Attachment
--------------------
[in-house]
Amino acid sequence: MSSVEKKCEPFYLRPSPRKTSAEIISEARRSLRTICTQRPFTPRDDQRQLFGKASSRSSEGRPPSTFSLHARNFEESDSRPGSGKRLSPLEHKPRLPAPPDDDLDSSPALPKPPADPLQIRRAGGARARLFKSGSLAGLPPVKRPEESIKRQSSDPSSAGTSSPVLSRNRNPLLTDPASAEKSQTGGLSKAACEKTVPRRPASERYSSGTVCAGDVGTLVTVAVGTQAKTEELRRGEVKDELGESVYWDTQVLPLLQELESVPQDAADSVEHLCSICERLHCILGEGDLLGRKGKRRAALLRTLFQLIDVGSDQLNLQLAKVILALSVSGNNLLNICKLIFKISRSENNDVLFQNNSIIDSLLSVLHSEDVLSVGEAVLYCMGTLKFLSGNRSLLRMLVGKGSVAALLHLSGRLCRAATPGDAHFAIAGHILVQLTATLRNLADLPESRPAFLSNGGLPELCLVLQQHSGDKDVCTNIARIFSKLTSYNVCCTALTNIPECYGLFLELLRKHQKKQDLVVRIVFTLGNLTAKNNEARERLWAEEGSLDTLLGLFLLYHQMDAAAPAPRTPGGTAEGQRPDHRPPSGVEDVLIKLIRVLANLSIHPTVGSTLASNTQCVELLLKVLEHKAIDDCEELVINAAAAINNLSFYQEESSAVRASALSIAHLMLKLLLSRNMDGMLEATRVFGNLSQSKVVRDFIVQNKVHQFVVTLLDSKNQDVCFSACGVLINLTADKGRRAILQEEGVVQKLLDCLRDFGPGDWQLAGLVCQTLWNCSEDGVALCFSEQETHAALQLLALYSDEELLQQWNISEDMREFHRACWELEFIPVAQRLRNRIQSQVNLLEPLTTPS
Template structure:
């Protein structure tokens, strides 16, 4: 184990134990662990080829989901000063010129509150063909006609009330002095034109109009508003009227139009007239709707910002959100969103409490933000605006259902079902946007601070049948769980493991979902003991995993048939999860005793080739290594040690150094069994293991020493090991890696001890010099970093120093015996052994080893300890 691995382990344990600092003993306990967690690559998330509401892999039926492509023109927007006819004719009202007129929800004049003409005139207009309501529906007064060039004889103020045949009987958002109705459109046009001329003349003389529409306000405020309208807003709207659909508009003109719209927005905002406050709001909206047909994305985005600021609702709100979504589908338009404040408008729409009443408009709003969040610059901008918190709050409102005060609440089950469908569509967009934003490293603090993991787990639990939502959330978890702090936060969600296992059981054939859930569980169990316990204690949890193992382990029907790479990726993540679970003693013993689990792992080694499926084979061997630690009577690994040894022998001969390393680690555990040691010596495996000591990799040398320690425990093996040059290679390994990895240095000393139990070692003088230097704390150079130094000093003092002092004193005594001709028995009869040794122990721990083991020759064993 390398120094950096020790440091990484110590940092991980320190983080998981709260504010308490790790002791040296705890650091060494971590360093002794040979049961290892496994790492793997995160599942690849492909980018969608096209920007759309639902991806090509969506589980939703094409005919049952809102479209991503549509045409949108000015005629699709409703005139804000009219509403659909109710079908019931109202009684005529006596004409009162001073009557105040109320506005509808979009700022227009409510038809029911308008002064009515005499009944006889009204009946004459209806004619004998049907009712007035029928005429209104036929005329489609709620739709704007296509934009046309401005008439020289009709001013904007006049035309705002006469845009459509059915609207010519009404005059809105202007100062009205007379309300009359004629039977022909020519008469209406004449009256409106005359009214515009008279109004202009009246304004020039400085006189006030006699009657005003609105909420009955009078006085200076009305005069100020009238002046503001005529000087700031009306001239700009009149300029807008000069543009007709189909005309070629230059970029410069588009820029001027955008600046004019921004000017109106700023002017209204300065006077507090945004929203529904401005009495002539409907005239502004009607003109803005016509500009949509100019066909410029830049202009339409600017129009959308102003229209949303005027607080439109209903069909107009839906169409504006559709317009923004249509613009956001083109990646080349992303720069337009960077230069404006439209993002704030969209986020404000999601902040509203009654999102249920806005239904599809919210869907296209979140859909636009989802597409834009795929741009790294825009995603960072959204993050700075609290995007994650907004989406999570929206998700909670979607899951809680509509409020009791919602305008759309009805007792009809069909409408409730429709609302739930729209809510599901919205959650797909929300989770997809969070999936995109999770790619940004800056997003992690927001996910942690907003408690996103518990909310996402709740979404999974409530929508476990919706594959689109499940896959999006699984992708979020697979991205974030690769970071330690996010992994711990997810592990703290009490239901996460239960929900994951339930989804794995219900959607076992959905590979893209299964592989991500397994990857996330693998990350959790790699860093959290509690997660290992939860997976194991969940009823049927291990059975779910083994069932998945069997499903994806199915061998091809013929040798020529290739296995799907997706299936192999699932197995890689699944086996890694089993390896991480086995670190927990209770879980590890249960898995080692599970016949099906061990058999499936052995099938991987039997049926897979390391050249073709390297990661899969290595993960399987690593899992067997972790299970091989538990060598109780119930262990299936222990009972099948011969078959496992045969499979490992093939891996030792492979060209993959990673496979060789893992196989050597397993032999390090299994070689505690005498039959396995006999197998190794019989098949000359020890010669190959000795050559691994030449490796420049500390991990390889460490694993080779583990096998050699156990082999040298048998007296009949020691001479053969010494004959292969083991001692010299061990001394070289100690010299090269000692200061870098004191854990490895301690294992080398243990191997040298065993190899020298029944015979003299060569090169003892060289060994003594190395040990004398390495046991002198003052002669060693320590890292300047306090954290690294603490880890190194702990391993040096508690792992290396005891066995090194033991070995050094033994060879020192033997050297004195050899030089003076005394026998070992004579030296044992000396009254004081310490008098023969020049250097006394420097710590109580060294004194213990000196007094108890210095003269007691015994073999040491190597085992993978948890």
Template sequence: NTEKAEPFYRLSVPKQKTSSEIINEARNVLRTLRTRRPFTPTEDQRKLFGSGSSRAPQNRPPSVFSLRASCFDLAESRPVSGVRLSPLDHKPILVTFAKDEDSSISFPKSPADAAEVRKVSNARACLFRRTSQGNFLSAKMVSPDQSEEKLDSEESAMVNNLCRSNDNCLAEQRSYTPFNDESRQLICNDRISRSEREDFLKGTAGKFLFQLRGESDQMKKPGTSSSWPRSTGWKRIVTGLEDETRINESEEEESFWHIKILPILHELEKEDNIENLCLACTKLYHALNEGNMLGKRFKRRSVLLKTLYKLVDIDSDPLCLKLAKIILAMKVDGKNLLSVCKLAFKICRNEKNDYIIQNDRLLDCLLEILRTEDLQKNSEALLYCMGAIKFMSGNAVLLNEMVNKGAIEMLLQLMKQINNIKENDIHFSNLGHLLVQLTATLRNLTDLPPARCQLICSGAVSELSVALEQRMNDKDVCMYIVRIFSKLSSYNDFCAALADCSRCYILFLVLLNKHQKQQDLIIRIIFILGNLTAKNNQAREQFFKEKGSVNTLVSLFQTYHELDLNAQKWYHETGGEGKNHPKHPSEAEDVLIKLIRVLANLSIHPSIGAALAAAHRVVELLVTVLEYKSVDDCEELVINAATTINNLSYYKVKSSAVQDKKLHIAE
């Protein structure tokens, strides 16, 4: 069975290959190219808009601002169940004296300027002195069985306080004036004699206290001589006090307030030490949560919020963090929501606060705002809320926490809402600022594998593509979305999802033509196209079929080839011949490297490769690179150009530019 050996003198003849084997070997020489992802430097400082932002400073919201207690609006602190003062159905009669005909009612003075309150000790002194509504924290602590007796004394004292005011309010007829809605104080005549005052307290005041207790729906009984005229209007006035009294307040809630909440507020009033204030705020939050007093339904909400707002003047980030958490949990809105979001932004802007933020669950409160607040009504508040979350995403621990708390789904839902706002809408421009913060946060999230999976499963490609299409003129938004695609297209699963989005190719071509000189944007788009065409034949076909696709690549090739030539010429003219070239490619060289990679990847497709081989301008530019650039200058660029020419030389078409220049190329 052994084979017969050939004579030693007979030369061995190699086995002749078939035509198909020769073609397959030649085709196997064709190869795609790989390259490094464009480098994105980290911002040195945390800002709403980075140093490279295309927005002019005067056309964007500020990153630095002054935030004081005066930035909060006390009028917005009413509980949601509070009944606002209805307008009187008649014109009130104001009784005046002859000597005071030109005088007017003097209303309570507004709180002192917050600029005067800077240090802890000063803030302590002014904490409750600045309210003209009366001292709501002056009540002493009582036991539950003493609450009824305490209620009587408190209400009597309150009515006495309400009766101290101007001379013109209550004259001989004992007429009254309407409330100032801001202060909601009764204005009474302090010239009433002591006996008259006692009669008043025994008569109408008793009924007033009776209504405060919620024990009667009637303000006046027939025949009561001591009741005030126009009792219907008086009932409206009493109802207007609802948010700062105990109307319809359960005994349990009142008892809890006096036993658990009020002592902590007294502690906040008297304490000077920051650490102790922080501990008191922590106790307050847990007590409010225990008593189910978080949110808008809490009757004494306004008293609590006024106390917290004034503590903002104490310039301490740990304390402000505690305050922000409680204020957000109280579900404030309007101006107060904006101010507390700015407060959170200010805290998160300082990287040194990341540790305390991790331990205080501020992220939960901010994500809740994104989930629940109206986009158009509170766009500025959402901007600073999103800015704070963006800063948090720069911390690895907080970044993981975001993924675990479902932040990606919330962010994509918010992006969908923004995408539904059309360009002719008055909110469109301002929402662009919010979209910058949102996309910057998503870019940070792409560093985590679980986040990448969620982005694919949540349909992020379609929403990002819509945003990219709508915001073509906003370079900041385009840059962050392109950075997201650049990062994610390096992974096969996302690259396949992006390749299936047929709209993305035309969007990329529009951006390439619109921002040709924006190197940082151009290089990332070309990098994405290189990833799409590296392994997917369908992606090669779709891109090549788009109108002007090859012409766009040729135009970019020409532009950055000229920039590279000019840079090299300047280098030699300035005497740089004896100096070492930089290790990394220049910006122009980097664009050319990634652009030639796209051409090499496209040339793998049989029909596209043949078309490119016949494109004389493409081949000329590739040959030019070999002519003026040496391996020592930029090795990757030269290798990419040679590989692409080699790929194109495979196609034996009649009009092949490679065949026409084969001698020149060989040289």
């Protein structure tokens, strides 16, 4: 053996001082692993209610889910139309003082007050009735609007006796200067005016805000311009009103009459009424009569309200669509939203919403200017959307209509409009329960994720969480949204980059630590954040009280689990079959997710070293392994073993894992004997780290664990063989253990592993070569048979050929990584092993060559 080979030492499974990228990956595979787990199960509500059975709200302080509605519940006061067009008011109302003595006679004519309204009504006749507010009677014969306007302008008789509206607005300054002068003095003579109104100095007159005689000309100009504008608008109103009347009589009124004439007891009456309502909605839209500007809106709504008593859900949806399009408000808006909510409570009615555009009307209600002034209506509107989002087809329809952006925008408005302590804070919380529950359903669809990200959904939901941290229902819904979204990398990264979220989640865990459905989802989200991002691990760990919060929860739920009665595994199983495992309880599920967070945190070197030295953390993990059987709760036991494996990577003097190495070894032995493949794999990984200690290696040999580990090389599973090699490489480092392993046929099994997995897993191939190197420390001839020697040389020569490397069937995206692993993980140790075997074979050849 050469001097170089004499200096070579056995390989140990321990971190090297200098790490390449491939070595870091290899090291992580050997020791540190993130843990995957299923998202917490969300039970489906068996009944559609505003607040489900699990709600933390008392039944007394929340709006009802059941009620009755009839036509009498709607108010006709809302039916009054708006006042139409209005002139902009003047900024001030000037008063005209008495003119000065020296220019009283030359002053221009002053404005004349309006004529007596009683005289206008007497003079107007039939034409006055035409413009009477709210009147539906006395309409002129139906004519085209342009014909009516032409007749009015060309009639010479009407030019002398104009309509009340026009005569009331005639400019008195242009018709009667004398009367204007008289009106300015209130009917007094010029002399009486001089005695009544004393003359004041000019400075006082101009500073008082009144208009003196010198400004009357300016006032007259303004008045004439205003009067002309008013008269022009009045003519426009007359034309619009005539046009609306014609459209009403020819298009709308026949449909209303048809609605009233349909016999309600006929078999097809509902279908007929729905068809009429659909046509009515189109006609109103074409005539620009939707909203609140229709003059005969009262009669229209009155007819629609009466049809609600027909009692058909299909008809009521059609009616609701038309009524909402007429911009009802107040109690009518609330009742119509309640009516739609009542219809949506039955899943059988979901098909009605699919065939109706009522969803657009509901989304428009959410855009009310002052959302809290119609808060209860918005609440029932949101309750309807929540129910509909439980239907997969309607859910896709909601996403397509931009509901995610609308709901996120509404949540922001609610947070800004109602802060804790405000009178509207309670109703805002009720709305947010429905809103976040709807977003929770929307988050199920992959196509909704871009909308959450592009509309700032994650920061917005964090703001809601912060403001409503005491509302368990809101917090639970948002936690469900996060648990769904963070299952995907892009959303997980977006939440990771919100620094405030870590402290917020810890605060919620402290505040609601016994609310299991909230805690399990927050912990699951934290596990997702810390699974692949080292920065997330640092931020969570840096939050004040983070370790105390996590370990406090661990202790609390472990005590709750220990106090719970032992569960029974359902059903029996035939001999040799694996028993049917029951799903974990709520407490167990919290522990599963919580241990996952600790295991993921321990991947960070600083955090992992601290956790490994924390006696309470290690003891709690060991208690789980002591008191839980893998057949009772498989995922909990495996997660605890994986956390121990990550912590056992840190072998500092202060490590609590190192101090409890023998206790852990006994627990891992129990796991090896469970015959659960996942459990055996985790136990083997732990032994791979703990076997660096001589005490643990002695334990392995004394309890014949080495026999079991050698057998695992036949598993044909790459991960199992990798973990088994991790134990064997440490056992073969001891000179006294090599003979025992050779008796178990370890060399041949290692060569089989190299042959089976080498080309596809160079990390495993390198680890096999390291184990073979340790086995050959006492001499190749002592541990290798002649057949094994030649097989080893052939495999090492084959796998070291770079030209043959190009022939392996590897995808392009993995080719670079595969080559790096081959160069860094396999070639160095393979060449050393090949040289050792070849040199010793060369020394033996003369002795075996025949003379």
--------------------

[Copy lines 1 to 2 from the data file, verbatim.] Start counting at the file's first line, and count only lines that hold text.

[in-house]
Amino acid sequence: MSSVEKKCEPFYLRPSPRKTSAEIISEARRSLRTICTQRPFTPRDDQRQLFGKASSRSSEGRPPSTFSLHARNFEESDSRPGSGKRLSPLEHKPRLPAPPDDDLDSSPALPKPPADPLQIRRAGGARARLFKSGSLAGLPPVKRPEESIKRQSSDPSSAGTSSPVLSRNRNPLLTDPASAEKSQTGGLSKAACEKTVPRRPASERYSSGTVCAGDVGTLVTVAVGTQAKTEELRRGEVKDELGESVYWDTQVLPLLQELESVPQDAADSVEHLCSICERLHCILGEGDLLGRKGKRRAALLRTLFQLIDVGSDQLNLQLAKVILALSVSGNNLLNICKLIFKISRSENNDVLFQNNSIIDSLLSVLHSEDVLSVGEAVLYCMGTLKFLSGNRSLLRMLVGKGSVAALLHLSGRLCRAATPGDAHFAIAGHILVQLTATLRNLADLPESRPAFLSNGGLPELCLVLQQHSGDKDVCTNIARIFSKLTSYNVCCTALTNIPECYGLFLELLRKHQKKQDLVVRIVFTLGNLTAKNNEARERLWAEEGSLDTLLGLFLLYHQMDAAAPAPRTPGGTAEGQRPDHRPPSGVEDVLIKLIRVLANLSIHPTVGSTLASNTQCVELLLKVLEHKAIDDCEELVINAAAAINNLSFYQEESSAVRASALSIAHLMLKLLLSRNMDGMLEATRVFGNLSQSKVVRDFIVQNKVHQFVVTLLDSKNQDVCFSACGVLINLTADKGRRAILQEEGVVQKLLDCLRDFGPGDWQLAGLVCQTLWNCSEDGVALCFSEQETHAALQLLALYSDEELLQQWNISEDMREFHRACWELEFIPVAQRLRNRIQSQVNLLEPLTTPS